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Woman's right to breastfeed at center of employment law case

Although women's rights in Maryland's workplaces have advanced significantly in recent decades, there is still some work to be done. Sexual harassment and discrimination based on gender, age and pregnancy have all been banned by federal employment law, however, many working women still face unique legal challenges that do not plague their male counterparts.

One area where this is evident is motherhood. Although the Pregnancy Discrimination Act prohibits employers from treating workers or job candidates unfairly on the basis of pregnancy, the law has fallen short of protecting the workplace rights of new mothers. In fact, one woman was even fired for asking to pump breast milk at work and a judge ruled in favor of the employer.

The woman in this case was on maternity leave in 2008 from a Texas debt collection agency when she called her boss to ask to use the backroom for pumping breast milk upon her return. Instead of complying, he fired her.

The woman attempted to sue the employer, accusing him of sex discrimination, but a judge ruled that lactation is not protected by anti-sex discrimination laws. Furthermore, the judge said lactation was not a pregnancy-related condition and this meant it was not covered by the Pregnancy Discrimination Act.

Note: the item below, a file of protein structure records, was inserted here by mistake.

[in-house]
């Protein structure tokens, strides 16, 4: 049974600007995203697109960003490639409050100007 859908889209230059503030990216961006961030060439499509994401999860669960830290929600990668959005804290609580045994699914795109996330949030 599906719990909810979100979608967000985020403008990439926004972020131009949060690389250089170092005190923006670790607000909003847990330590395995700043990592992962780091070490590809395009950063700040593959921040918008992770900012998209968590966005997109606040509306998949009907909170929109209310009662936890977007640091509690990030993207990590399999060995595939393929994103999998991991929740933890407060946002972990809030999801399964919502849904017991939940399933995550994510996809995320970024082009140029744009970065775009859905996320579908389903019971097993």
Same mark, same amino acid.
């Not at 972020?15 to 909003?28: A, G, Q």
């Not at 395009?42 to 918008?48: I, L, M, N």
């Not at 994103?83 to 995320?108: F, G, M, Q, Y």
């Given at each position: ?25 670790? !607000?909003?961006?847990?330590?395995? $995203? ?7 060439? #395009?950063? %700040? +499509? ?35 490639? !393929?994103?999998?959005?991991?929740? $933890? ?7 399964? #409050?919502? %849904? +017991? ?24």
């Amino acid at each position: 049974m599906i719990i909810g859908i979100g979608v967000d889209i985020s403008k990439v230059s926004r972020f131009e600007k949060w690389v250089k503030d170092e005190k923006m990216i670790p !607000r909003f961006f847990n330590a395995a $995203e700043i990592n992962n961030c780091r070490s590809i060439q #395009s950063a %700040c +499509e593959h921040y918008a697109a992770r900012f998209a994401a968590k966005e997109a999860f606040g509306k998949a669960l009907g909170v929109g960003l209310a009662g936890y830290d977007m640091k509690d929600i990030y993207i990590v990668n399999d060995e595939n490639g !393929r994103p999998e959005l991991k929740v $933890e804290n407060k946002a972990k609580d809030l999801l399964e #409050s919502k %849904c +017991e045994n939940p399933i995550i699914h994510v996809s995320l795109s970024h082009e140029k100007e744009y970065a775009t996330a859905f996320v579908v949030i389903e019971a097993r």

In at least one other state, lactation is considered a pregnancy-related condition and is covered.

The Equal Opportunity Employment Commission has since taken up the woman's case on appeal, arguing that firing a new mother for wanting to pump breast milk is the epitome of sex discrimination.

It should be noted that in 2010, the Fair Labor Standards Act was amended to require all employers to provide reasonable breaks to new mothers to pump breast milk for a nursing child. However, lactation is still not technically one of the protected classes or conditions under workplace discrimination laws, so this can lead to confusion among employers and legal professionals alike.

The outcome of this case could certainly change that. For now, when pregnant women or mothers feel that their rights are not being respected in the workplace, they often benefit from seeking an advocate.

Source: Workforce.com, " 'Great Texas Lactation Case' Debates Whether Breast-Milk Pumping Is a Pregnancy Related Condition," Matthew Heller, Aug. 23, 2012

  • Our Greenbelt, Maryland, law office handles pregnancy discrimination and other workplace discrimination claims. To learn more about our firm, take a look around our website.

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